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Old Jan 28, 2003, 1:08 PM   #1
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Default Compact Flash reader vs. downloading from camera

I'm new to digital photography, so excuse my ignorance here. I just bought a Fuji FinePix S602 and a 128MB Viking Compact Flash card. I also purchased a Viking Intelliflash media reader - unfortunately, before the camera arrived. The camera came with its own software for downloading pictures (I guess I should have known that). My questions is this -- is there an advantage using the media reader to download my pictures to my PC instead of using the software that came with the camera? And, to download from the media reader, do I just move (or drag and drop) the files from the reader to a folder on my PC? (The reader only came with a sheet on how to install the software/device, not on how to actually use it to download.) It seems to me that the only difference is that, to download directly from the camera, I must plug in the USB cable to the camera to do the download, whereas with the reader, I must remove the Compact Flash from the camera and insert it into the reader. I guess what I really want to know is, did I waste money buying the media reader, or is there really some advantage to using it as opposed to just downloading directly from the camera. Thanks in advance for any guidance you can offer.
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Old Jan 28, 2003, 2:49 PM   #2
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I'm just a newbie 'round here, but offhand the biggest advantage to me would be twofold... One, if you don't want to always have your camera physically with you to download the pics, you can simply take the media (say you have a reader at the office and your camera at home or whatever). You can always look at your media without having to tie up your camera. Similarly (and my second point) is that you don't have to use your camera's battery when transferring pics (if I understand correctly).

Those are kind of obvious points... I am sure the experienced people here could tell you more subtle advantages...
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Old Jan 28, 2003, 3:29 PM   #3
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Default Advantage of the reader

Generally speaking, the readers are much faster than downloading the pictures by plugging in the camera. My experience has been that the CF reader I use is many times faster than the camera connection.

On the other hand, for people who aren't comfortable with Windows or who don't have some other software package they want to use to edit and correct photos, the camera software and interface is often the easiest to use. Canon's for example, is virtually automatic once you hook up the camera. If you use a reader, you need to know how to create a folder to put the images in, and if you're going to edit them you need to know how to do that.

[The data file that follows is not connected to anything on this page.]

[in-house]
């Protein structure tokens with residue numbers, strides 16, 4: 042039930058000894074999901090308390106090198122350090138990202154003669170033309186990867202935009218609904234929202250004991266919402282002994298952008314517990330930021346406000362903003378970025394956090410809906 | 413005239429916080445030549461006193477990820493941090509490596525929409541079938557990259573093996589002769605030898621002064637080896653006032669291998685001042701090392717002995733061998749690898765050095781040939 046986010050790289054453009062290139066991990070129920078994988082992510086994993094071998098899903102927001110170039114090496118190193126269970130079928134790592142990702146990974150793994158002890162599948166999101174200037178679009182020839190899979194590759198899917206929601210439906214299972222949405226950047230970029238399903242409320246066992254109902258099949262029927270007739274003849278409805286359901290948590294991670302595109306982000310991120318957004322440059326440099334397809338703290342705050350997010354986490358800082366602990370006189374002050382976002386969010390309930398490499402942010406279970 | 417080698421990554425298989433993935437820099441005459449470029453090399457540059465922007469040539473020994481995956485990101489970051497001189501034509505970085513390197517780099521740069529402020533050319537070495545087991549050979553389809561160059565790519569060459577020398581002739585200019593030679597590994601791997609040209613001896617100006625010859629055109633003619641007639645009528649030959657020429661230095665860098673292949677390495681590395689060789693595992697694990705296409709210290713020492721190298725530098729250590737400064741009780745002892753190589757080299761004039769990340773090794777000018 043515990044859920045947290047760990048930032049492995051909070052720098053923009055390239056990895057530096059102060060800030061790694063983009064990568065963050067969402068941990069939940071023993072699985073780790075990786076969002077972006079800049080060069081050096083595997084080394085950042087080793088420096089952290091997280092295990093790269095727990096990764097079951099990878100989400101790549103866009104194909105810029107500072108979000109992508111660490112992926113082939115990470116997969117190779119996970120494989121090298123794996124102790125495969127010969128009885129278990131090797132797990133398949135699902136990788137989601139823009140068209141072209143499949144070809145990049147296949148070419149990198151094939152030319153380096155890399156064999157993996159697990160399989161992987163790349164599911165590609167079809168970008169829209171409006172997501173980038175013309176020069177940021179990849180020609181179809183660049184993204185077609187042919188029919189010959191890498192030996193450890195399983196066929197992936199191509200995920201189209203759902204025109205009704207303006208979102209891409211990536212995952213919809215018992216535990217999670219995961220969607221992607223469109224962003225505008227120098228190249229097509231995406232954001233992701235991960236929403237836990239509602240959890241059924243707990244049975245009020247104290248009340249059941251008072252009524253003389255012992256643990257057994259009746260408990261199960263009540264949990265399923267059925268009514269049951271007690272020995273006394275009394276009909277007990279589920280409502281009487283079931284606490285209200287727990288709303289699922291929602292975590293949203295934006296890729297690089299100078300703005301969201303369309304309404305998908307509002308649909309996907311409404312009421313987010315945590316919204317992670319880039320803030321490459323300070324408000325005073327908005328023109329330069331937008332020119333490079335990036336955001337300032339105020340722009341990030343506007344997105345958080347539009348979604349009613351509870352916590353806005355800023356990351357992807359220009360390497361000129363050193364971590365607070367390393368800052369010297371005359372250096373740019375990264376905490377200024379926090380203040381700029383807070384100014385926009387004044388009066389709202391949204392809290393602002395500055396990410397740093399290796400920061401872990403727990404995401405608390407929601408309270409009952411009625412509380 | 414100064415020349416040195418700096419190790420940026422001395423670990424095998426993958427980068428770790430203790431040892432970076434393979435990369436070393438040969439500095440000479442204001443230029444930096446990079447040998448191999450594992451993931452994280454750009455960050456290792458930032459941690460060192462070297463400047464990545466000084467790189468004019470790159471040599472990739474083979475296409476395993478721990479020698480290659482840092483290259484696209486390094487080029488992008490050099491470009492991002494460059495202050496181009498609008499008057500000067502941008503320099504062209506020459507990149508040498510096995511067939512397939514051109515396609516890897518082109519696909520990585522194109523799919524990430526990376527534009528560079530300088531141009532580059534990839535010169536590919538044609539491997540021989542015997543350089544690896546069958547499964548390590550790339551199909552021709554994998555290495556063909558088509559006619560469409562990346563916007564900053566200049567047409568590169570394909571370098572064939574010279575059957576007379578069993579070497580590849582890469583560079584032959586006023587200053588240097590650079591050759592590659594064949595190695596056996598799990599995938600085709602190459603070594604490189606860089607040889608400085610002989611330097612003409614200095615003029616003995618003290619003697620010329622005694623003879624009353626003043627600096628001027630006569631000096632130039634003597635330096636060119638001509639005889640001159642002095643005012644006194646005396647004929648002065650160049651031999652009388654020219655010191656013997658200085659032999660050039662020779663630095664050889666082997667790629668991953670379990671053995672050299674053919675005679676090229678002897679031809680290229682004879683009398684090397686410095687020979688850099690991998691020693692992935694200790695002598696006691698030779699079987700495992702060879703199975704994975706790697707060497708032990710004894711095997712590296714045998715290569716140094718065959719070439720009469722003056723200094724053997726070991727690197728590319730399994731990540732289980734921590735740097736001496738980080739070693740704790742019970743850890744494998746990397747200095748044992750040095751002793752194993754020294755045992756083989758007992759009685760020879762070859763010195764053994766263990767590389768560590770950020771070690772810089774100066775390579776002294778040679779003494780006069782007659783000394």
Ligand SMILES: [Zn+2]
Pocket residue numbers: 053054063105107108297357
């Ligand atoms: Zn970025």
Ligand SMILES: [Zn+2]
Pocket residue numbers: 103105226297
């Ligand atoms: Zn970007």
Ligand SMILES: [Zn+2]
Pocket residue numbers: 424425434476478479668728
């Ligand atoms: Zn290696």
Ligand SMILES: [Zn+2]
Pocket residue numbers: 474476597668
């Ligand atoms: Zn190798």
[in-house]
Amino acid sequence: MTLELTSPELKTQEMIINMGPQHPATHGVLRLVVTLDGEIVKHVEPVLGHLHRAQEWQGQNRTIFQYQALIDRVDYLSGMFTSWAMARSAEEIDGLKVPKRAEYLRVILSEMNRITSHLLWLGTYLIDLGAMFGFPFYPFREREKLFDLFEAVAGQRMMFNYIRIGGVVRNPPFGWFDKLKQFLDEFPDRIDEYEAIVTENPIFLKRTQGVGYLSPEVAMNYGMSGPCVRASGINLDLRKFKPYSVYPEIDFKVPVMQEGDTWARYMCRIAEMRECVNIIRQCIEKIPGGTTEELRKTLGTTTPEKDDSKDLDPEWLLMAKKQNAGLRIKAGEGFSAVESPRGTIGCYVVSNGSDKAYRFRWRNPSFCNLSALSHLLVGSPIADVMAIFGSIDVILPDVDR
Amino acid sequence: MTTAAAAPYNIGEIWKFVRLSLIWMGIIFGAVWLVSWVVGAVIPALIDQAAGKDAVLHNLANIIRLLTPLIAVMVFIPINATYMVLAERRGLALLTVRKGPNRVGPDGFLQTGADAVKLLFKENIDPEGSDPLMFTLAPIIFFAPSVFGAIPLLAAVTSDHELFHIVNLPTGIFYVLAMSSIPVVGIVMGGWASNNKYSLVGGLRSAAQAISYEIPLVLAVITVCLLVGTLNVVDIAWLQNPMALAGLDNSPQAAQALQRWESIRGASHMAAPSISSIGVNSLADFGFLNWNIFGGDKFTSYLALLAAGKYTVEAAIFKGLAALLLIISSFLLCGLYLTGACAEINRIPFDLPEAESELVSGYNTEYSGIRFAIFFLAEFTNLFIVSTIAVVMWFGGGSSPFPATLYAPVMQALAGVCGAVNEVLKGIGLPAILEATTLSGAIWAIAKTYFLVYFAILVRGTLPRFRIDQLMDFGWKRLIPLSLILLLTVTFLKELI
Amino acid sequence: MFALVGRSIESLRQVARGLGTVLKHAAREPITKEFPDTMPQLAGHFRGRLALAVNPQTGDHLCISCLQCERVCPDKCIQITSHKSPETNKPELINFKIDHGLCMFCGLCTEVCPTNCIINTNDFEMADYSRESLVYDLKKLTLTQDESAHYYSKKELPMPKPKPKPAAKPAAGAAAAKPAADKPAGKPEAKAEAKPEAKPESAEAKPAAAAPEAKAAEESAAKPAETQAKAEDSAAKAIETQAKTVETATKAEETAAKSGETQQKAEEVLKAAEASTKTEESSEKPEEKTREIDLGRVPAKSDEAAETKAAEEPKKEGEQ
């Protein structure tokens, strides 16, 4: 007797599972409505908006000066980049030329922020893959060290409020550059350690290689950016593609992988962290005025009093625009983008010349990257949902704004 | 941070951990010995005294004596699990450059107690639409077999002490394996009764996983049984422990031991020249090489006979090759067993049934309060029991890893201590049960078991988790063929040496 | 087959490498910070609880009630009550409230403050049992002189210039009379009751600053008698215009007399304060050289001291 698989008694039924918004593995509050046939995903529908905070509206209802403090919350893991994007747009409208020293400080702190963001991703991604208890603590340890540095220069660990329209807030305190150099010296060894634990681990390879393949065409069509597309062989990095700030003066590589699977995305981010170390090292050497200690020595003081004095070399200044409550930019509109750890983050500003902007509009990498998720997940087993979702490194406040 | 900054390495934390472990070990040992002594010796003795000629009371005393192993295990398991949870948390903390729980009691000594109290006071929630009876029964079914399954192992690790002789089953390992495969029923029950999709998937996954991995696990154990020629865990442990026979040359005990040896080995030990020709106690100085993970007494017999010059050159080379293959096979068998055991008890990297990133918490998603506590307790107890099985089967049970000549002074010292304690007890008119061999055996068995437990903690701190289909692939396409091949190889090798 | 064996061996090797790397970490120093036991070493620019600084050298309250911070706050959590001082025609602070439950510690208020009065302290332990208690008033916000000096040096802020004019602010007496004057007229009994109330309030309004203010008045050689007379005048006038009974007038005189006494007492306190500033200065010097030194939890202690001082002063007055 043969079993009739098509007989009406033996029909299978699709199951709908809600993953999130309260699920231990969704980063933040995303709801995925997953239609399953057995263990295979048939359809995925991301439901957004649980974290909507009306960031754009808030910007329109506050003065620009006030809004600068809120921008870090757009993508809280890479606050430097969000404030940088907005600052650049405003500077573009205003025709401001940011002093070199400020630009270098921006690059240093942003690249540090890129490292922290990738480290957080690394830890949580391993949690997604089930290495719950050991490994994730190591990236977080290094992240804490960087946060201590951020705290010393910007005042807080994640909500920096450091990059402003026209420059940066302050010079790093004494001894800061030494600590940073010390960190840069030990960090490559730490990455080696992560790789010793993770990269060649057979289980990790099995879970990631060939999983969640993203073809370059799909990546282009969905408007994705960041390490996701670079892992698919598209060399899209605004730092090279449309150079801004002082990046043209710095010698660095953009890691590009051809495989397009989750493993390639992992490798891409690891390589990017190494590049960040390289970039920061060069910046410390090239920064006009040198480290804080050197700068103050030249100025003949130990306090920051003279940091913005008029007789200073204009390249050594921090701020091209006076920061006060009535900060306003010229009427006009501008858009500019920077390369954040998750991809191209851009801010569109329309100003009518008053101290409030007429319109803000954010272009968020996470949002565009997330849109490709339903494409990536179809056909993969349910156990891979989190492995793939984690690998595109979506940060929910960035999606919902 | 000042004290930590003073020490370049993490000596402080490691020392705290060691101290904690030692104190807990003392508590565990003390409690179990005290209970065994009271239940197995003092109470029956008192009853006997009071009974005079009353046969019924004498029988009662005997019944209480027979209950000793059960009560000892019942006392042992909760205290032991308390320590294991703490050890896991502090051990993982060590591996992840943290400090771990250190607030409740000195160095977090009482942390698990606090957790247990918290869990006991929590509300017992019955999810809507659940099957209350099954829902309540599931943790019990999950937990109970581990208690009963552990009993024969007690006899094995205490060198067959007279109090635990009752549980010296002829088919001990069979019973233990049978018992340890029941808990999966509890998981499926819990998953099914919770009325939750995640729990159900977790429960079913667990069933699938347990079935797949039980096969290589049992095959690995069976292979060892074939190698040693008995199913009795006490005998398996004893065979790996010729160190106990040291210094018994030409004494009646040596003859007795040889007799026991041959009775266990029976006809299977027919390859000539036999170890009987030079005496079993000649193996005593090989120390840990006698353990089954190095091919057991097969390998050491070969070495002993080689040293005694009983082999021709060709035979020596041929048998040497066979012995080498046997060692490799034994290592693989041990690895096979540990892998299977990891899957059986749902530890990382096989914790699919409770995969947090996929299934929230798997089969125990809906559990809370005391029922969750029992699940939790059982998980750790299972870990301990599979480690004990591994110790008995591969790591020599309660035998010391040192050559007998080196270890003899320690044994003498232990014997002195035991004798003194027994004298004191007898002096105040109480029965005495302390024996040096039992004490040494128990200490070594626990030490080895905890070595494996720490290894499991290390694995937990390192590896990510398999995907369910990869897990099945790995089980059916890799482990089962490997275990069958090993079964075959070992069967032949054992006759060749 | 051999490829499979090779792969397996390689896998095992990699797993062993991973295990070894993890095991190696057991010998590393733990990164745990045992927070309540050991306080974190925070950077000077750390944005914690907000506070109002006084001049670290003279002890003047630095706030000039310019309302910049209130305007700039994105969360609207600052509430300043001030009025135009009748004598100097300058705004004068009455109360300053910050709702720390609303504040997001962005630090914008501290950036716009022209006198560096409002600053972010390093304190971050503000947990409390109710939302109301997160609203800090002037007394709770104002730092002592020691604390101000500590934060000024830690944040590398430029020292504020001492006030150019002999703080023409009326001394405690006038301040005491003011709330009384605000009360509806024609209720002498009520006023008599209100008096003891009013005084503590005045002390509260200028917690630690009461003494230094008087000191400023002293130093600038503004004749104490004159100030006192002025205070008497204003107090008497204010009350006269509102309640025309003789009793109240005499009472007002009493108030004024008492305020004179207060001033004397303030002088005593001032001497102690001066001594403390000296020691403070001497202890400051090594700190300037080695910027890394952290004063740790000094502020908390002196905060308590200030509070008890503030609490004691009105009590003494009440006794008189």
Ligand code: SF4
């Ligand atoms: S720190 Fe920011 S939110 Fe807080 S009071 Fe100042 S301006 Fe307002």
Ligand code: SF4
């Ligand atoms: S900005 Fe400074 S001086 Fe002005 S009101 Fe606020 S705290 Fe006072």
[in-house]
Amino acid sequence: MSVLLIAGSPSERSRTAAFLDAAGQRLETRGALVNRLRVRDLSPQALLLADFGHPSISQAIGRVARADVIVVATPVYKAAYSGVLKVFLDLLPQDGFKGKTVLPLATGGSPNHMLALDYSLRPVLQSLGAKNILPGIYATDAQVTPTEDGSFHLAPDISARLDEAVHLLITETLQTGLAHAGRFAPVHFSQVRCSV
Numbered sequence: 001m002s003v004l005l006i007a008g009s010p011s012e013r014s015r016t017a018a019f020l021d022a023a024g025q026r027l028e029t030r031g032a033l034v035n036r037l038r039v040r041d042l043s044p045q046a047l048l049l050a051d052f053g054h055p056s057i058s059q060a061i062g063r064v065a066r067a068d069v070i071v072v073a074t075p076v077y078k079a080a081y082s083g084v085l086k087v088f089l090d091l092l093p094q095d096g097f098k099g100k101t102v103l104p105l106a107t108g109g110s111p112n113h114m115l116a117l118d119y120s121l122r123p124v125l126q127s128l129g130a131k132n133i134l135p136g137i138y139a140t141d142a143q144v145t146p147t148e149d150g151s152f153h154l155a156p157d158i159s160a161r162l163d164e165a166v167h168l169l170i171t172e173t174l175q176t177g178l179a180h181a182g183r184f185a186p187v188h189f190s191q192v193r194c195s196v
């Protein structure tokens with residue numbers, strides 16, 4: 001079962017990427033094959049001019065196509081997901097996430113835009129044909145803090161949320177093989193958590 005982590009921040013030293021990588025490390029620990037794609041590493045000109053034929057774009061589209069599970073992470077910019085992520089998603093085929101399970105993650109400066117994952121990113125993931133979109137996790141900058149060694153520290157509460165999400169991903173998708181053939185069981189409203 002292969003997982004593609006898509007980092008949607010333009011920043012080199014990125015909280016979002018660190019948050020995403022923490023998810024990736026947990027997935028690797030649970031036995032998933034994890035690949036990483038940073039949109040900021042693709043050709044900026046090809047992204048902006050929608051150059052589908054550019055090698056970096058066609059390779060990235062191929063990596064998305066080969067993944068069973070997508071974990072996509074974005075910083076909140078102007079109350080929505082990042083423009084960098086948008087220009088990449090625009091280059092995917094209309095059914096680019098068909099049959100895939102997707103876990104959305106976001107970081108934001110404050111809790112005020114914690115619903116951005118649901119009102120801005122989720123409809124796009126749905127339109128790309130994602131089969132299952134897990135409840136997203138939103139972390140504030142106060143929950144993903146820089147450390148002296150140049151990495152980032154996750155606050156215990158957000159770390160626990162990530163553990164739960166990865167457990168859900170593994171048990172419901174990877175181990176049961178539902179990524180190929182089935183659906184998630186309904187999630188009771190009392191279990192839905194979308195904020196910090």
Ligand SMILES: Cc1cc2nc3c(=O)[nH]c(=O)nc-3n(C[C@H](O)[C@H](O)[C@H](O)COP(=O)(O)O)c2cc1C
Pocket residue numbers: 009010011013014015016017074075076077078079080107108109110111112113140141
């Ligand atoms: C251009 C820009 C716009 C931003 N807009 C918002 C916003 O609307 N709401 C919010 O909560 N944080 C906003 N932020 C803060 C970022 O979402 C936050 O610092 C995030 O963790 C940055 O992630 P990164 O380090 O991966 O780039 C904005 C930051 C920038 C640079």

With the reader, you can very quickly download the photos off the card, verify that they are there (important step) then delete them from your CF card to have your camera ready to go again.
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Old Jan 28, 2003, 4:56 PM   #4
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I use a reader for all the reasons mentioned, I have 2 128Mb cards and I just swap a full one for an empty one. Now there are people here with an issue about contact life and is it good for the cam or not. Using a reader gets you into a discipline of copying/renaming the cam originals to an archive directory locking the file attributes and checking them before you decide to delete off the card. Some cam download progs 'move' the files with immediate delete, and I think that could be dodgy if the file transferred to HD contained errors (which I've had - big black chunks of image missing).

I feel more comfortable doing it with Smartmedia with less contacts which need to be used to keep them clean, but I've recently bought a microdrive.

I've changed my view on this as there are 50 little pins to mess up and it's expensive - so I do leave that in the cam as much as possible. I would suggest you get big enough media to avoid changing cards on location, that's when loss or damage is most likely to occur. VOX
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Old Jan 28, 2003, 7:24 PM   #5
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Having a microdrive, I am more sensitive to handling issues than other folks, but it is clear that most memory problems are a result of handling even with solid state memory. Problems are rare even with reasonable handling so it isn't a real big issue for solid state memory. With a Gig of memory, I don't have to worry about swapping memory very much like the folks with little dinky 128M cards do

Likely your camera looks like a removable hard drive when you connect it - the same as using a card reader. Compare the time it takes to copy the pictures with both methods and you will find out if the card reader is worth using. If they run at about the same speed, I think downloading from the camera is better - but not by a lot. If the card reader is much faster (likley), use it. If the camera is much faster (very unlikely), use that method.
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Old Jan 31, 2003, 9:46 AM   #6
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Thank you to everyone who responded to my questions. You were most kind and most helpful!
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